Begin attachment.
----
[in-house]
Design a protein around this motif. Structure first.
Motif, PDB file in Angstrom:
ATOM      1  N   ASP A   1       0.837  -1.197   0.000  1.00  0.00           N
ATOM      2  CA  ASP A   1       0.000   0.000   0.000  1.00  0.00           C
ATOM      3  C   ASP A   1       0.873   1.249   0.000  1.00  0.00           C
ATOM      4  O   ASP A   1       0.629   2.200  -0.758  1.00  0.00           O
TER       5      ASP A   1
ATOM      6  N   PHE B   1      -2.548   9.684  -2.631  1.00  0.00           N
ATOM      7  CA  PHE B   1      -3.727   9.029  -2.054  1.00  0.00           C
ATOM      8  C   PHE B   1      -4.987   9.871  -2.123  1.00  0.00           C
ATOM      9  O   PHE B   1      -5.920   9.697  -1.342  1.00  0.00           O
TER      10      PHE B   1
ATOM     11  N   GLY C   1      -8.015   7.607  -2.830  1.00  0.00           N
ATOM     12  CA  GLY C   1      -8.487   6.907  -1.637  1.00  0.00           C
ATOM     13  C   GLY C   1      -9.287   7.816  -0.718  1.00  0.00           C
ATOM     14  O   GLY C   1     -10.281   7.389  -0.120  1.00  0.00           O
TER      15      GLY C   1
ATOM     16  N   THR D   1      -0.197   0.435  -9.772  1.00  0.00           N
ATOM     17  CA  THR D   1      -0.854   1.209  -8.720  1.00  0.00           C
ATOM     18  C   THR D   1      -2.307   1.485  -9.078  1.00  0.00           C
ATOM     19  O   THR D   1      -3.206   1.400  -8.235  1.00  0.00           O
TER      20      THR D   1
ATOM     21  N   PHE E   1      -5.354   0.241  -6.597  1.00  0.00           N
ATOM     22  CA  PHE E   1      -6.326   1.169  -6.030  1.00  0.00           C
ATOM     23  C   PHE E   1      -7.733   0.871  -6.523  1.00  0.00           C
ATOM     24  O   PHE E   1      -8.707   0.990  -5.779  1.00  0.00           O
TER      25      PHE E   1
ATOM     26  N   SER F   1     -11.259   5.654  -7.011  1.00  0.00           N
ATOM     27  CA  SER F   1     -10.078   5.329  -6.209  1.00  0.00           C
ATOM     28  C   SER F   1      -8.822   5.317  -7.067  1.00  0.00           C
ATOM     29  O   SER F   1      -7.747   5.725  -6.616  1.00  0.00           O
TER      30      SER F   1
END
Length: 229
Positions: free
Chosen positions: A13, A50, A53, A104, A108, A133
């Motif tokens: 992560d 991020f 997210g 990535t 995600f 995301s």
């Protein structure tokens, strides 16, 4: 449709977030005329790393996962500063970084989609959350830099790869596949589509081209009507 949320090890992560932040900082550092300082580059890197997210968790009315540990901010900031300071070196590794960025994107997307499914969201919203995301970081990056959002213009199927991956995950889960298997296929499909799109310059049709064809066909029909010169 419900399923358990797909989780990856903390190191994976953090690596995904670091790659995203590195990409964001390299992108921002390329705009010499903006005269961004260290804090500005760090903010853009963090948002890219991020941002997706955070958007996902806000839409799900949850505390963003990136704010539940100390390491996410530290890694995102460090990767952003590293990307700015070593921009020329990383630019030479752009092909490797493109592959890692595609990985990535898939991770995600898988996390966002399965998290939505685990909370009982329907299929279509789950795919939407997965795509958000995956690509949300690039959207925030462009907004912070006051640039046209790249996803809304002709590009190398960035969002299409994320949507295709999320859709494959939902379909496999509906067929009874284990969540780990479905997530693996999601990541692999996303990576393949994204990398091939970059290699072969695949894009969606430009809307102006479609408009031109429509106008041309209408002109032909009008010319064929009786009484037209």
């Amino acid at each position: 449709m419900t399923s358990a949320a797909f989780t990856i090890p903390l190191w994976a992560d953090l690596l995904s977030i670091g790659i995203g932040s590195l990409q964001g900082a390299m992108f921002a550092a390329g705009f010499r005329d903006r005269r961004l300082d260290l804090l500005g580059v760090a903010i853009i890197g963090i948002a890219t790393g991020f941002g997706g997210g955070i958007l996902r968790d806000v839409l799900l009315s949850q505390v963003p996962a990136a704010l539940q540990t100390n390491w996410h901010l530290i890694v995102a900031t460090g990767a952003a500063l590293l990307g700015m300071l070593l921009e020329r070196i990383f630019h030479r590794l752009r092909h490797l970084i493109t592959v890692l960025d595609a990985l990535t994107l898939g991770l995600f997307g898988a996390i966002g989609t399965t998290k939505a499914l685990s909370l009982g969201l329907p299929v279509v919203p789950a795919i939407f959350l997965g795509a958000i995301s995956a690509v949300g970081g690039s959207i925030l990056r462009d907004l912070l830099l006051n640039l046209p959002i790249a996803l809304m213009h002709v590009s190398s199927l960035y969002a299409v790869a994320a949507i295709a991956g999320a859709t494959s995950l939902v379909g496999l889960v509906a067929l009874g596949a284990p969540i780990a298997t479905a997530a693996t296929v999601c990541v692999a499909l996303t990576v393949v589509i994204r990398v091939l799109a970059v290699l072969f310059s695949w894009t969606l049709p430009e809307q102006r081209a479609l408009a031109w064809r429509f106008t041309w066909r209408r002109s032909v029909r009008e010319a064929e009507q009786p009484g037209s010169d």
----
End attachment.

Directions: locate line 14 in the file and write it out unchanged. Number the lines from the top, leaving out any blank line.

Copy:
ATOM     11  N   GLY C   1      -8.015   7.607  -2.830  1.00  0.00           N